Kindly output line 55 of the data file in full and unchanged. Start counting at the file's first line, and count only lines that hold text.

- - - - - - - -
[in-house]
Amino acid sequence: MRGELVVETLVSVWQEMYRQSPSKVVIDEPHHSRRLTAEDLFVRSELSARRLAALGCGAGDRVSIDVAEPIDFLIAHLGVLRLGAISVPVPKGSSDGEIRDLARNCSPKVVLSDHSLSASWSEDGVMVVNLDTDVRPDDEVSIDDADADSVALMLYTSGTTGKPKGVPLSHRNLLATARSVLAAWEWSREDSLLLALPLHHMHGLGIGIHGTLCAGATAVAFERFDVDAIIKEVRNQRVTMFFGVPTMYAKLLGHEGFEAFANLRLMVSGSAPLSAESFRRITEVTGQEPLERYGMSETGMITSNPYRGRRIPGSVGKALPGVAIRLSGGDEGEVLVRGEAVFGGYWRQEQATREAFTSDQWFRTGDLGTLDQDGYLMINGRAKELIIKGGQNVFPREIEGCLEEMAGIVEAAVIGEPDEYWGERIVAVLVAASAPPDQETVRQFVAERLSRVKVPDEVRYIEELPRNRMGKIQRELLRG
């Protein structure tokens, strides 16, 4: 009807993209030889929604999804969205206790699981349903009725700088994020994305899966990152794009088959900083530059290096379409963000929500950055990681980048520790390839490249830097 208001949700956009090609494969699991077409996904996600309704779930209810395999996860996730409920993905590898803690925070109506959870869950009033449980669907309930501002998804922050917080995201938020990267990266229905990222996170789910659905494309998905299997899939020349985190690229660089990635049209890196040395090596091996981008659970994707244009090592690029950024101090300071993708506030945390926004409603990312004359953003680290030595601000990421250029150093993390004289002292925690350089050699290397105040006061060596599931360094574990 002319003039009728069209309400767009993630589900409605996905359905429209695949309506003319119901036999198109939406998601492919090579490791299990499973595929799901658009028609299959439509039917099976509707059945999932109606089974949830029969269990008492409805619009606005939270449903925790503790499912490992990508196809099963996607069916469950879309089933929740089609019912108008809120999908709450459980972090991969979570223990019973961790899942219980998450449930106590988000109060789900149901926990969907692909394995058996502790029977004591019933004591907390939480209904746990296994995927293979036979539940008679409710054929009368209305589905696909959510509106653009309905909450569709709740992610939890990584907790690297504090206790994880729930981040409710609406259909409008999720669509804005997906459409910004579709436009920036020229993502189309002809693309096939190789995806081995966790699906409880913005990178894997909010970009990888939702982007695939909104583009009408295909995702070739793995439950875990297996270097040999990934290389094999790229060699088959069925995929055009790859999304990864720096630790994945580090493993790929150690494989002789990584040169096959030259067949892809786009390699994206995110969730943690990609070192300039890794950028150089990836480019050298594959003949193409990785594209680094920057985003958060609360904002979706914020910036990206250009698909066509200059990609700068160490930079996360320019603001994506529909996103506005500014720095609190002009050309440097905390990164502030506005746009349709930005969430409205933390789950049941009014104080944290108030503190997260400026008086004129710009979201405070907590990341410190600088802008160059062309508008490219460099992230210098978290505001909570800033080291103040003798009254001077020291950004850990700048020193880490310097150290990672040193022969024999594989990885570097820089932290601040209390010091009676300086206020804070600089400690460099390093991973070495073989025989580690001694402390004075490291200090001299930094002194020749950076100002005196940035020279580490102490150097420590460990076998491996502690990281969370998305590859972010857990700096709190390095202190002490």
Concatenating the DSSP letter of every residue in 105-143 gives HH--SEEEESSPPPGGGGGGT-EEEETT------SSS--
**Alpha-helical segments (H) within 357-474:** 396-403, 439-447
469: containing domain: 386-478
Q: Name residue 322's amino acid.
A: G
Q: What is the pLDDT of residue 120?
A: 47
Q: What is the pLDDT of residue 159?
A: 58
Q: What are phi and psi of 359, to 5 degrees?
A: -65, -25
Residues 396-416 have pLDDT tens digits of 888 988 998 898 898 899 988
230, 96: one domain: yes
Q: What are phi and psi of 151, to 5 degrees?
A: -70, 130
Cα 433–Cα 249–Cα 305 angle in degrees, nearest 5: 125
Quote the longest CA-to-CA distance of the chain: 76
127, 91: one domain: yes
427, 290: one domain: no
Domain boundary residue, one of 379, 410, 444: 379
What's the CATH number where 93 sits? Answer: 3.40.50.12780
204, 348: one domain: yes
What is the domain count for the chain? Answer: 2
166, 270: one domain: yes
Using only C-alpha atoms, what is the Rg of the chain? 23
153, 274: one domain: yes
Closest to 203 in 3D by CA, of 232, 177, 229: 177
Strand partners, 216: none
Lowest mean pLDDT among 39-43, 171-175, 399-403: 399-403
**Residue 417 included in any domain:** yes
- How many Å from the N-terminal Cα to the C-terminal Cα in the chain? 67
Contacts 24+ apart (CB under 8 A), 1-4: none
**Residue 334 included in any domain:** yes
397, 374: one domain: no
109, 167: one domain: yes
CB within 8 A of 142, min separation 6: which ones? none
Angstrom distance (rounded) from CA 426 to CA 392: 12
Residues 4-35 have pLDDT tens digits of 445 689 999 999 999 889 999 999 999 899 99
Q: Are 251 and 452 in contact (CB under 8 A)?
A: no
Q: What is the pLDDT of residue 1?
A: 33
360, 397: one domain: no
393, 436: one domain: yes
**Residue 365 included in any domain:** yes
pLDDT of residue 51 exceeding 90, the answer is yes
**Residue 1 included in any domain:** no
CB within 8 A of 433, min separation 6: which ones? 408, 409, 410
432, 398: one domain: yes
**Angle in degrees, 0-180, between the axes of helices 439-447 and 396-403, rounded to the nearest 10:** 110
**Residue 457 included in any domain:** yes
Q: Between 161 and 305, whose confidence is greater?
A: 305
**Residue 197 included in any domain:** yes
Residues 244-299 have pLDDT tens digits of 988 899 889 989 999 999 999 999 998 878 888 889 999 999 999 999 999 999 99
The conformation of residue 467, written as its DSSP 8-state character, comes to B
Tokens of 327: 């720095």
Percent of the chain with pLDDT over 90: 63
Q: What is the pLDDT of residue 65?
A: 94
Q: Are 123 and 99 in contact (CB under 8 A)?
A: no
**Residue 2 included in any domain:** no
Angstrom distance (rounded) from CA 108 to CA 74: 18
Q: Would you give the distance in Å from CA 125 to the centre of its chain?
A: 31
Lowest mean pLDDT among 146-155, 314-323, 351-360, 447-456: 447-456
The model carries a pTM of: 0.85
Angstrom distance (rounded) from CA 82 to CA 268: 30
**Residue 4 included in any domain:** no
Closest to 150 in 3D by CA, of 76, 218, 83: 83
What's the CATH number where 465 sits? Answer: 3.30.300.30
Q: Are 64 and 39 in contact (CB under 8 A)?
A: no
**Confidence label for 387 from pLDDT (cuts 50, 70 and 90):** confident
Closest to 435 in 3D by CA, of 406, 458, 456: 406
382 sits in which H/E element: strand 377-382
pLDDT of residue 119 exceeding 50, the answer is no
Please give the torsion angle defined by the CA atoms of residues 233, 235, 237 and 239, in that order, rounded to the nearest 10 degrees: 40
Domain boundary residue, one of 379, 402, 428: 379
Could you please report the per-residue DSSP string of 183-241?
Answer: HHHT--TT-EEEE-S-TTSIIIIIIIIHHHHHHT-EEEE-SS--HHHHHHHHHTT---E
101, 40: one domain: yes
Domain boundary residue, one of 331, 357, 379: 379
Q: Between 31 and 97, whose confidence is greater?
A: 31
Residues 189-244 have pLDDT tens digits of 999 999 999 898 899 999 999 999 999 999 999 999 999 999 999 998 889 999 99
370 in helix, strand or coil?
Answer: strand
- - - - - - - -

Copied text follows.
Q: Between 161 and 305, whose confidence is greater?